After some quick research, Wyatt learns his target is corporate financier Jack Tremayne who is being investigated by the Probity Commission and facing jail time for a Ponzi scheme which ripped off innocent people and made him rich.  Tremayne appears likely to abscond with the lot.  Before he escapes the country, Wyatt’s task is to find the assets he’s hidden, a million in cash, shares and bonds.

gun 02The trouble is several other felonious characters are interested in the hidden million, working just as hard as Wyatt to find it.  And we know there will be inescapable violence along the way.

Author Garry Disher is adept at getting inside the morally deficient minds of the criminal fraternity Wyatt encounters, tearing down their respectable facades, releasing their foibles bit by bit until cruel, cunning personalities emerge––those who will fight hard to steal a valuable prize.  And fight even harder when they find out Wyatt is closing in.

There is plenty of action in this thriller and as the tension builds, the main players emerge.  Trophy wife Lynx Tremayne; Will DeLacey the Tremayne lawyer; Mark Impey nervous investor; prison gofer Brad Salter; Kramer’s sleazy son Josh: ex-commando Nick Lazar; none are particularly agreeable.  Apart from the incomparable Wyatt, my other favourite person is Property Crimes DS Greg Muecke who gets in the way of Robbery & Serious Crimes division as he relentlessly follows Wyatt’s trail.  A knowing man but usually one step behind.

merewether beach newcastle nswThe drama starts in Sydney and unfolds around the beachside homes in Newcastle before progressing through to yachting marinas and beyond.  Wyatt has various identities and travels in understated disguises as he tracks his target.  No slang but unashamedly Australian with place names and businesses, author tributes e.g. Corris, Throsby, and an atmosphere so evocative you can smell the eucalyptus and fresh sea air.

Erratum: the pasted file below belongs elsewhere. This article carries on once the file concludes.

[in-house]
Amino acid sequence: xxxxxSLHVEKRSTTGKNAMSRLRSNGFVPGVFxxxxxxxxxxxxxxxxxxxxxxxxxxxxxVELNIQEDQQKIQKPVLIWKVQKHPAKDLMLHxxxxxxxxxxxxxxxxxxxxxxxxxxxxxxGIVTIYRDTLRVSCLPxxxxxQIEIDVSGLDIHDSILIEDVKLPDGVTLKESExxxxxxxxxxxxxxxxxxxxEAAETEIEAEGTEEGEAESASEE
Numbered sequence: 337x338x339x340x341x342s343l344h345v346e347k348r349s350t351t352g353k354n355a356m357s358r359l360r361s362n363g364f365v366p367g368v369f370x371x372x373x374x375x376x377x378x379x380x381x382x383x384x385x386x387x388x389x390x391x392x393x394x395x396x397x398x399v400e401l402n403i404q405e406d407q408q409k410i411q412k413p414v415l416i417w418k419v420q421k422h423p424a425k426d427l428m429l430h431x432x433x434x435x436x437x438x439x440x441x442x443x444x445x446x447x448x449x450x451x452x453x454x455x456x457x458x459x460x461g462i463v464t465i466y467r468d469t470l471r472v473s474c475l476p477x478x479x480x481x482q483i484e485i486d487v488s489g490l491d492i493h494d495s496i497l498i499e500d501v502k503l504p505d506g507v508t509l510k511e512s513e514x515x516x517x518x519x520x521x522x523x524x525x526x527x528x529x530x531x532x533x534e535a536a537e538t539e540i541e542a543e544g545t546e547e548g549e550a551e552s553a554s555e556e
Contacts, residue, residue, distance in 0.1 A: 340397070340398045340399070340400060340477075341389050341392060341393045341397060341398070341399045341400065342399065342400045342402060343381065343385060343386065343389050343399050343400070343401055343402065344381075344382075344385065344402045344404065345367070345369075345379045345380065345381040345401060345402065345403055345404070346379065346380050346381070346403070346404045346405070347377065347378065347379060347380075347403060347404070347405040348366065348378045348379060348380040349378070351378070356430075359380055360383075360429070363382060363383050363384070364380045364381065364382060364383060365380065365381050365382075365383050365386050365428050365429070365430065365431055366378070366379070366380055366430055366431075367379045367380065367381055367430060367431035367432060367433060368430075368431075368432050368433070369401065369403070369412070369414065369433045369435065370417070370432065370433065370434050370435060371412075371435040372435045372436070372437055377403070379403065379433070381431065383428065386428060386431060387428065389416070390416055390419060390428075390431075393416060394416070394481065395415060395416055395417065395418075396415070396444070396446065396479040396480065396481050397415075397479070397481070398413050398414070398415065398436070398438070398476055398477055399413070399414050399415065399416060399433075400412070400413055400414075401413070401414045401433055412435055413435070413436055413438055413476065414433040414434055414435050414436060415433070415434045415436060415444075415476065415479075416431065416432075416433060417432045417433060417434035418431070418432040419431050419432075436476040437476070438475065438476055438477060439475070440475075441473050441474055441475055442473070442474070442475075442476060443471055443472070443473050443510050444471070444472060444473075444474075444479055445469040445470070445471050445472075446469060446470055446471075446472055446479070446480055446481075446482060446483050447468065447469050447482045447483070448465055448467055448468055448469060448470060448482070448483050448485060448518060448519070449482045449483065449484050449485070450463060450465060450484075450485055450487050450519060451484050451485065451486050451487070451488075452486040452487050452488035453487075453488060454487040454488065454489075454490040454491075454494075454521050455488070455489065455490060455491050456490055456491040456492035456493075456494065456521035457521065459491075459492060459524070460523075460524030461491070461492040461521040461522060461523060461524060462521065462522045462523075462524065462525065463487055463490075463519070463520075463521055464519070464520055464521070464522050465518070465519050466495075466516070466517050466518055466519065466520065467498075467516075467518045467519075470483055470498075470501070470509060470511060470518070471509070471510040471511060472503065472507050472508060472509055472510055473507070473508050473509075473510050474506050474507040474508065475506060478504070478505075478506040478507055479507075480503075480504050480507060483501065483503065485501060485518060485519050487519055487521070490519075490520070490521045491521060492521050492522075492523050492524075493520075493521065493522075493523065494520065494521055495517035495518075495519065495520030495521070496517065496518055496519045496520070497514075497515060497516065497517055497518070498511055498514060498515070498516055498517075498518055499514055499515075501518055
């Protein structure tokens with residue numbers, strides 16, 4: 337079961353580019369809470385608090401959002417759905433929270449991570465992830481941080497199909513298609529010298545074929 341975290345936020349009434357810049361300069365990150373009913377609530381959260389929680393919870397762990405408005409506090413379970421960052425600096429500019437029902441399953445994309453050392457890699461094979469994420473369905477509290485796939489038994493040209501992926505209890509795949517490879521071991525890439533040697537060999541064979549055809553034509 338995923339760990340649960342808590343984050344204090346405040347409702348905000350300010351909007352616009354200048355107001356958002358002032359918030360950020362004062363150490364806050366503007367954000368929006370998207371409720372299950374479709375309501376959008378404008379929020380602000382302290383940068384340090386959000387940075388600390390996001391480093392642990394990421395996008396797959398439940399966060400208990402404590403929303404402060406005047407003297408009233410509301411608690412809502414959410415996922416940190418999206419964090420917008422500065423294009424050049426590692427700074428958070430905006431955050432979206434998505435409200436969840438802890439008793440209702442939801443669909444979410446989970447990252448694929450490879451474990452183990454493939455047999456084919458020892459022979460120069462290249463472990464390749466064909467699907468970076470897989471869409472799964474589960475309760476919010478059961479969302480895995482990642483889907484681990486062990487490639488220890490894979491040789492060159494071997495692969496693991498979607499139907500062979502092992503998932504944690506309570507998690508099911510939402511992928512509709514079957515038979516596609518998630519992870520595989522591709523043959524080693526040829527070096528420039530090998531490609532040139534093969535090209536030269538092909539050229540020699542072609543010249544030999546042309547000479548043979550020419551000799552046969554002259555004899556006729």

Full of plot twists, ‘Kill Shot’ is number 9 of this tightly written series.  The ending is not what I expected which makes the story all the more enthralling and earns my Five-Star rating.

Gretchen Bernet-Ward


Wyatt Crime Series

Kickback             (1991)
Paydirt                (1992)
Deathdeal           (1993)
Crosskill              (1994)
Port Vila Blues   (1995)
The Fallout         (1997)
Wyatt                   (2010)
The Heat              (2015)
Kill Shot               (2018)

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Title: Kill Shot
Author: Garry Disher
Pages: 320
Publisher: Text Publishing Company
Publish Date: 3-Dec-2018
Country of Publication: Australia
https://www.textpublishing.com.au/books/kill-shot-a-wyatt-thriller

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In addition to the Wyatt series, Garry Disher has written a variety of books
https://www.garrydisher.com/